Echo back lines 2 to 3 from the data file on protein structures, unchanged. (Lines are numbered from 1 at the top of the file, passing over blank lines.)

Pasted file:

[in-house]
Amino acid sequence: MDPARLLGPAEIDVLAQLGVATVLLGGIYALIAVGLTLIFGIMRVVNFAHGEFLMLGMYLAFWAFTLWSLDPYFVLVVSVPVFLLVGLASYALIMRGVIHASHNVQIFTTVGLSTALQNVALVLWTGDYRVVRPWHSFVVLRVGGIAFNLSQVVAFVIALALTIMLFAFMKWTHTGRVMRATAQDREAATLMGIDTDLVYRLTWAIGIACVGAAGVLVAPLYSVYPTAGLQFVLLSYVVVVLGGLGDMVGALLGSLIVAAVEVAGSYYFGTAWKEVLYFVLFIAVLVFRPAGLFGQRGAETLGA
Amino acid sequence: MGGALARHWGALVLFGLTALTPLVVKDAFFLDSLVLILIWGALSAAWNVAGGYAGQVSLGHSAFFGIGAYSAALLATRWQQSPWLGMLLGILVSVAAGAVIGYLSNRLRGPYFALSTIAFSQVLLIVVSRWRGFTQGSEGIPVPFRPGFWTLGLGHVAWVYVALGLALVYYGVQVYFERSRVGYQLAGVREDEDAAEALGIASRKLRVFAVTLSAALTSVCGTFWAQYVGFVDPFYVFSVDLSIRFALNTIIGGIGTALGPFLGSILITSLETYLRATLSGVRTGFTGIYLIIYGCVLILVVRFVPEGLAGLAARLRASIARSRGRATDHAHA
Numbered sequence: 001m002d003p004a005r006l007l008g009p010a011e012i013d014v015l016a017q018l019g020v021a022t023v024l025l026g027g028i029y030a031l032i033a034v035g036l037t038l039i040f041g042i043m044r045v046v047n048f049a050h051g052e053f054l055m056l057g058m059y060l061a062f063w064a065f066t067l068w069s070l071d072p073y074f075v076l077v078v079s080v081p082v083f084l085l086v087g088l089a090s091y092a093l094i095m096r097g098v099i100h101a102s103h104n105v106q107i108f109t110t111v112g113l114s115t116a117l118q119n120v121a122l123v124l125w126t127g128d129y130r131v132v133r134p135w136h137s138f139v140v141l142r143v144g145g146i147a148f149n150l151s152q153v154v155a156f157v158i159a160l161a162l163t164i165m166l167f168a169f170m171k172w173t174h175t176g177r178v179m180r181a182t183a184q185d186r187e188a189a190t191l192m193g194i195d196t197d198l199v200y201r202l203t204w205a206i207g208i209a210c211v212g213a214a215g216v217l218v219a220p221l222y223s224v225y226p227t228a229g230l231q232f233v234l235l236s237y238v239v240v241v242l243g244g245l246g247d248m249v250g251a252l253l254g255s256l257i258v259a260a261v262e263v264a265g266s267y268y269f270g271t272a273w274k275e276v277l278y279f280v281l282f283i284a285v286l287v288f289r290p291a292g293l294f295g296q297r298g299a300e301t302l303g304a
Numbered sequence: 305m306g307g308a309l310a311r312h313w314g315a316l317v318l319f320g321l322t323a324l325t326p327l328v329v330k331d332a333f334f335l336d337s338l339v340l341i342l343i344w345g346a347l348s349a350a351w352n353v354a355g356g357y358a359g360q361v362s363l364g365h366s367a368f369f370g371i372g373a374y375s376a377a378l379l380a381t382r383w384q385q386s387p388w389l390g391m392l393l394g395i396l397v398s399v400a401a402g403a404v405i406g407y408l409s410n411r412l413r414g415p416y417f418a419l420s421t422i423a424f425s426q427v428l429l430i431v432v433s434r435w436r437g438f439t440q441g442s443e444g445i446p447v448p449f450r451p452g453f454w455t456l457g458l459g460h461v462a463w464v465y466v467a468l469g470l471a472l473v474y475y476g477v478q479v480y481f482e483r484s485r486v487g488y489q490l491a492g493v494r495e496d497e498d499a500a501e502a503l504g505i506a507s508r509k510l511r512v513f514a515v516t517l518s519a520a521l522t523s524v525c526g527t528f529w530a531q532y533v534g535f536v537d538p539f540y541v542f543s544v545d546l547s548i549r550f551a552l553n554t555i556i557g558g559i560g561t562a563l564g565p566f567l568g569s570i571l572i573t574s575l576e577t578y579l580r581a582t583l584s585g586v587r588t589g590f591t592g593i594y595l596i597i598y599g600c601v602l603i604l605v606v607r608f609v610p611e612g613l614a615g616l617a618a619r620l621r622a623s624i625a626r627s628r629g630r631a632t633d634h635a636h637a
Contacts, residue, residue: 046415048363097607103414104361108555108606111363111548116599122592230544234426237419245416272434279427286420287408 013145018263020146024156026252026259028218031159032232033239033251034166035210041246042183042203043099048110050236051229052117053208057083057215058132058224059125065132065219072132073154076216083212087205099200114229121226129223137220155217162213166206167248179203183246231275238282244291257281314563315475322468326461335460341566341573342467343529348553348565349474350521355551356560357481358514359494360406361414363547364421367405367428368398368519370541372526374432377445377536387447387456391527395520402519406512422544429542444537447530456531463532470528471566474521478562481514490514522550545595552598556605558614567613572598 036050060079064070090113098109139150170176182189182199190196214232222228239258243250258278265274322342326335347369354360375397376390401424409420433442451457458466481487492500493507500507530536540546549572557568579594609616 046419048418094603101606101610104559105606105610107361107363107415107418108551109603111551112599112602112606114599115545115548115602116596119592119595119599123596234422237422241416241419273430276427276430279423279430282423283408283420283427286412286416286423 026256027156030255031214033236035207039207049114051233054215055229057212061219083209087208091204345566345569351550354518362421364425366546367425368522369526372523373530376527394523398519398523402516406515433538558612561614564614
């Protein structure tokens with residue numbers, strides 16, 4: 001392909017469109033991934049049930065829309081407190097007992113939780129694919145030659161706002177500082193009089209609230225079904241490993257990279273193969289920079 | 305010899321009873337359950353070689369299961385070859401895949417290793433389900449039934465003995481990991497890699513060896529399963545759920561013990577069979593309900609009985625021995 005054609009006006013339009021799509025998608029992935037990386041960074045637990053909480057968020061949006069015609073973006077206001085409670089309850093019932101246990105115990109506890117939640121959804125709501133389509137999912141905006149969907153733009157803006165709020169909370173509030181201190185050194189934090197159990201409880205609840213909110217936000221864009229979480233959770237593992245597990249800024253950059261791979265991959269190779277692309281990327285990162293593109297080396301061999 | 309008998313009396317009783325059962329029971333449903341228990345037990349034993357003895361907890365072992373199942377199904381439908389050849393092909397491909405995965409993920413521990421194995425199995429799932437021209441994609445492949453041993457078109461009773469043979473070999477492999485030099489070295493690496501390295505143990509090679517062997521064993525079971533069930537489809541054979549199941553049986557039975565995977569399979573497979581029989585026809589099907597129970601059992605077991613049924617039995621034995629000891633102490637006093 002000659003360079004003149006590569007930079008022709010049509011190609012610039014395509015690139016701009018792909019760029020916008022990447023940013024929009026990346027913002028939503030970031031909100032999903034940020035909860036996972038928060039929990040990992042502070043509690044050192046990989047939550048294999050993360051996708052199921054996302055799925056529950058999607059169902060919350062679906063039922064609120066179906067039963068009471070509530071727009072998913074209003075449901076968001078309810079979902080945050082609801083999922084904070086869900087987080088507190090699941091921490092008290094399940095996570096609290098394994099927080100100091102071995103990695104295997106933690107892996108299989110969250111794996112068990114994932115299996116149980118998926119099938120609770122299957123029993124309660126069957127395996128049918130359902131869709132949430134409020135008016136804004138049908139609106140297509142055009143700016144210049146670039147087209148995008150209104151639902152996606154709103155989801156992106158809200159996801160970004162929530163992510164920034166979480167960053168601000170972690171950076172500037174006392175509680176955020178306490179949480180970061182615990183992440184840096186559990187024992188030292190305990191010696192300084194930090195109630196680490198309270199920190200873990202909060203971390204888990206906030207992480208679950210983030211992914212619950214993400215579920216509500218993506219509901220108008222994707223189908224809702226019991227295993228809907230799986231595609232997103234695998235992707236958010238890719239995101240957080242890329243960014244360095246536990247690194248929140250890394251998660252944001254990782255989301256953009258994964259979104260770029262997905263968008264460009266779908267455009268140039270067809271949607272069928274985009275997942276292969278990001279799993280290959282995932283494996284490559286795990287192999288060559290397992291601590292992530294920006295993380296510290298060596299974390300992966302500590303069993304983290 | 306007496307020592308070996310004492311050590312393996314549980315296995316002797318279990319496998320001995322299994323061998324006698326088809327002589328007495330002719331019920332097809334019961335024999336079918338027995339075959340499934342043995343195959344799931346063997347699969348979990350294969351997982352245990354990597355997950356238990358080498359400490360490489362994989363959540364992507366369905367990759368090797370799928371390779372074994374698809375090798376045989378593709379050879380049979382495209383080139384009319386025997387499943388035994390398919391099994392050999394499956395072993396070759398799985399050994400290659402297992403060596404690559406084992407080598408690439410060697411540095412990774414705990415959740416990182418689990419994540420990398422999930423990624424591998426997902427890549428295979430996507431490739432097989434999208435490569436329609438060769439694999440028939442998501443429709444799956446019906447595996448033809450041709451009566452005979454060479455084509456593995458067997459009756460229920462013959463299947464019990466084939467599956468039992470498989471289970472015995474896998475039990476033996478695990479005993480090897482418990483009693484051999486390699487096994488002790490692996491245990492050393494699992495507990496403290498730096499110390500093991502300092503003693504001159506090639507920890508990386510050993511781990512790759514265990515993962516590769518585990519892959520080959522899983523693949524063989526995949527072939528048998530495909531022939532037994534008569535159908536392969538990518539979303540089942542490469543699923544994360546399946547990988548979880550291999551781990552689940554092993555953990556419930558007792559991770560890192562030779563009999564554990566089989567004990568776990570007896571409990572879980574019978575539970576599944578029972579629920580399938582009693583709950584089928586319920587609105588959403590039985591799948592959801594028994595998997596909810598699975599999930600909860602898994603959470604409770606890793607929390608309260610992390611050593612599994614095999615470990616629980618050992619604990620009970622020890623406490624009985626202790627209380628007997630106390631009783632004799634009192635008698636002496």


Amino acid sequence: MDPARLLGPAEIDVLAQLGVATVLLGGIYALIAVGLTLIFGIMRVVNFAHGEFLMLGMYLAFWAFTLWSLDPYFVLVVSVPVFLLVGLASYALIMRGVIHASHNVQIFTTVGLSTALQNVALVLWTGDYRVVRPWHSFVVLRVGGIAFNLSQVVAFVIALALTIMLFAFMKWTHTGRVMRATAQDREAATLMGIDTDLVYRLTWAIGIACVGAAGVLVAPLYSVYPTAGLQFVLLSYVVVVLGGLGDMVGALLGSLIVAAVEVAGSYYFGTAWKEVLYFVLFIAVLVFRPAGLFGQRGAETLGA
Amino acid sequence: MGGALARHWGALVLFGLTALTPLVVKDAFFLDSLVLILIWGALSAAWNVAGGYAGQVSLGHSAFFGIGAYSAALLATRWQQSPWLGMLLGILVSVAAGAVIGYLSNRLRGPYFALSTIAFSQVLLIVVSRWRGFTQGSEGIPVPFRPGFWTLGLGHVAWVYVALGLALVYYGVQVYFERSRVGYQLAGVREDEDAAEALGIASRKLRVFAVTLSAALTSVCGTFWAQYVGFVDPFYVFSVDLSIRFALNTIIGGIGTALGPFLGSILITSLETYLRATLSGVRTGFTGIYLIIYGCVLILVVRFVPEGLAGLAARLRASIARSRGRATDHAHA